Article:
In all school contexts, what major challenges are facing the school today, and over the next five to 10 years? Do you have facilities in need of updating, and do you have any current personnel issues to address? Whether in a public or private context, it’s important for any new leader to understand the current health of the school.
Learn About the Community and What They Need
Acknowledge what came before you: Because of the recent pandemic and the accommodations that teachers and staff have had to make (working from home, working and taking care of their kids simultaneously, learning how to use online tools, etc.), there is an overall sense of trauma, pain, and strain in most school communities. Remember, many people see change and transition as something that happens to them, not something in which they take part, so the transition may bring with it a sense of loss or pain.
Give people choices about how they get their jobs done so they feel more like protagonists than victims. Show respect and empathy. Ask people how they’re feeling and what they worry about. Many leaders make the mistake of skipping this step, thinking that difficult feelings will dissipate with time or insisting that these are adults getting paid to do a job—they just have to deal with it. Bridges and Bridges warn: “Organizations overlook that letting-go process completely… and do nothing about the feelings of loss that it generates. Unmanaged transition makes change unmanageable.”
Build relationships: Identify key stakeholders and build relationships with colleagues. Connect with that longtime senior faculty member whose opinion holds weight; understand what they think you should know as you acclimate to your new role. Identify interpersonal differences with others. If you’re new to the school, was there an internal candidate who didn’t get the job? How are they feeling about the decision moving forward? Take time to get to know each member of your administrative team. What can they tell you about the culture of the school?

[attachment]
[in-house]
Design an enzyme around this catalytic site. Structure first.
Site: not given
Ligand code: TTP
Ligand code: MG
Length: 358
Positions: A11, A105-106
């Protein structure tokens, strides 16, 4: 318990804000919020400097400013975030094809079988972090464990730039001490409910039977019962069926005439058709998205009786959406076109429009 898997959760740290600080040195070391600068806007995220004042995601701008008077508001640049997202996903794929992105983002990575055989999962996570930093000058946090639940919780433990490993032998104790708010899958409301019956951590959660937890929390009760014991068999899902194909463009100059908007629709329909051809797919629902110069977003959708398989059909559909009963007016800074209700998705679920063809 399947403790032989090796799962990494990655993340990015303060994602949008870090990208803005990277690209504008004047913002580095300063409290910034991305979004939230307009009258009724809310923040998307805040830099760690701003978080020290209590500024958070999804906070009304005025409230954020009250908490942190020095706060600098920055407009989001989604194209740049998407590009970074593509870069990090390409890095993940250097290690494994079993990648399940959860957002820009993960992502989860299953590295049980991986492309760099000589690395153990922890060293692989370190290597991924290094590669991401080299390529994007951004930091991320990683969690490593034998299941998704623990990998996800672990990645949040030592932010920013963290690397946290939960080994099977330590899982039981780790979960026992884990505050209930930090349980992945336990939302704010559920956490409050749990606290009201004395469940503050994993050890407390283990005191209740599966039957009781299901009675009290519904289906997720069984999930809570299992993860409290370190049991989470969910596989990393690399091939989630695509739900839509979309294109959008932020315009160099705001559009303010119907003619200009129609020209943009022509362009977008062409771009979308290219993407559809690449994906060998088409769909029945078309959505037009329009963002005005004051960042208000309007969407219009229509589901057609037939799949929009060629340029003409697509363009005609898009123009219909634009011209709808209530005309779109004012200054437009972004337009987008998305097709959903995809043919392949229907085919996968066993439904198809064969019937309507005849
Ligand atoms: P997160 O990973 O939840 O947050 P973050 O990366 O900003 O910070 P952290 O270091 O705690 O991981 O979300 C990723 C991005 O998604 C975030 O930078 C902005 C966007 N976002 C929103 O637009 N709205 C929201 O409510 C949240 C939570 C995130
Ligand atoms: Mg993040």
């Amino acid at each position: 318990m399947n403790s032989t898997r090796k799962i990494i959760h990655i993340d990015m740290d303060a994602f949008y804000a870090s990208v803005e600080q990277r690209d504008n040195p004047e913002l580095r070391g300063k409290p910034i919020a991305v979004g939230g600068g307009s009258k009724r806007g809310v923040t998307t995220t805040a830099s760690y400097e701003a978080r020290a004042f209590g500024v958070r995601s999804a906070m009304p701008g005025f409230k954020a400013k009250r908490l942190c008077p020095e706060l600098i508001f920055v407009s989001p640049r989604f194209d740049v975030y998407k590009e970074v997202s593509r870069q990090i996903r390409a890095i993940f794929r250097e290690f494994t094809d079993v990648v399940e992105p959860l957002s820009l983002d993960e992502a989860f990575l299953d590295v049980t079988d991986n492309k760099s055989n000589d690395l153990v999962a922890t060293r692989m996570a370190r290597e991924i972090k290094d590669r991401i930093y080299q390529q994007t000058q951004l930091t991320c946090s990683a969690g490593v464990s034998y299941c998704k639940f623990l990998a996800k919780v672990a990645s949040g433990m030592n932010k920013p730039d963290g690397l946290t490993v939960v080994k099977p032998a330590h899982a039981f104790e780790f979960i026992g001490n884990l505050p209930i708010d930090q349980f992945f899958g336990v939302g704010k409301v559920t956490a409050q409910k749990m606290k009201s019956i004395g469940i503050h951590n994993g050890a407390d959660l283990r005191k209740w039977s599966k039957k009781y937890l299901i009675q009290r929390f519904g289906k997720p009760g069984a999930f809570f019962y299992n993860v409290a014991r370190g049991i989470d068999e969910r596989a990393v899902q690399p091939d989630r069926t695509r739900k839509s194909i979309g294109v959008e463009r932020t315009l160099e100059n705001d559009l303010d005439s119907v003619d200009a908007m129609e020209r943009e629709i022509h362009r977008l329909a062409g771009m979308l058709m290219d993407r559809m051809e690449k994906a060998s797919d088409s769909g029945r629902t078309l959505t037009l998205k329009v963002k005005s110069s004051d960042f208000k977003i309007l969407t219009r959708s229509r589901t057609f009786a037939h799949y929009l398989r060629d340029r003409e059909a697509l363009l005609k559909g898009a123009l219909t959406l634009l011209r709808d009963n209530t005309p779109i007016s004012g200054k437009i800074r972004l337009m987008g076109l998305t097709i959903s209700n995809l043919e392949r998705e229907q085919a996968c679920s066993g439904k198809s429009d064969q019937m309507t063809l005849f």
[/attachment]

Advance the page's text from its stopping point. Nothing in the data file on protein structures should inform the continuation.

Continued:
Get to know everyone: If you can, meet with all faculty and staff, even for 15 minutes. Ask them what they love most about the school and what keeps them up at night. Create more intimate, informal events where you can interact with your community, like hosting a barbecue and inviting faculty families. These opportunities show that you’re interested in the school as a whole and in the individuals that make up the community.
Your key purpose is to educate students, and constructive collaboration with parents is paramount to your success. Get to know families—ask about their aspirations and desires. Spend time in classrooms, and even shadow students from different grade levels, to get a feel for their day-to-day experience. All of this will help your community feel heard and understood and will help you make choices that reflect your community’s real needs and desires.
Ultimately, leadership transitions hold as much promise as they do challenge; new leaders bring new energy and ideas that can help the community grow and improve, but too much rapid change can have the opposite effect. It’s not your job to solve everything in the first few months, and taking the time to manage your transition intentionally, in ways that build community and a sense of shared voice, will pay dividends in the long run.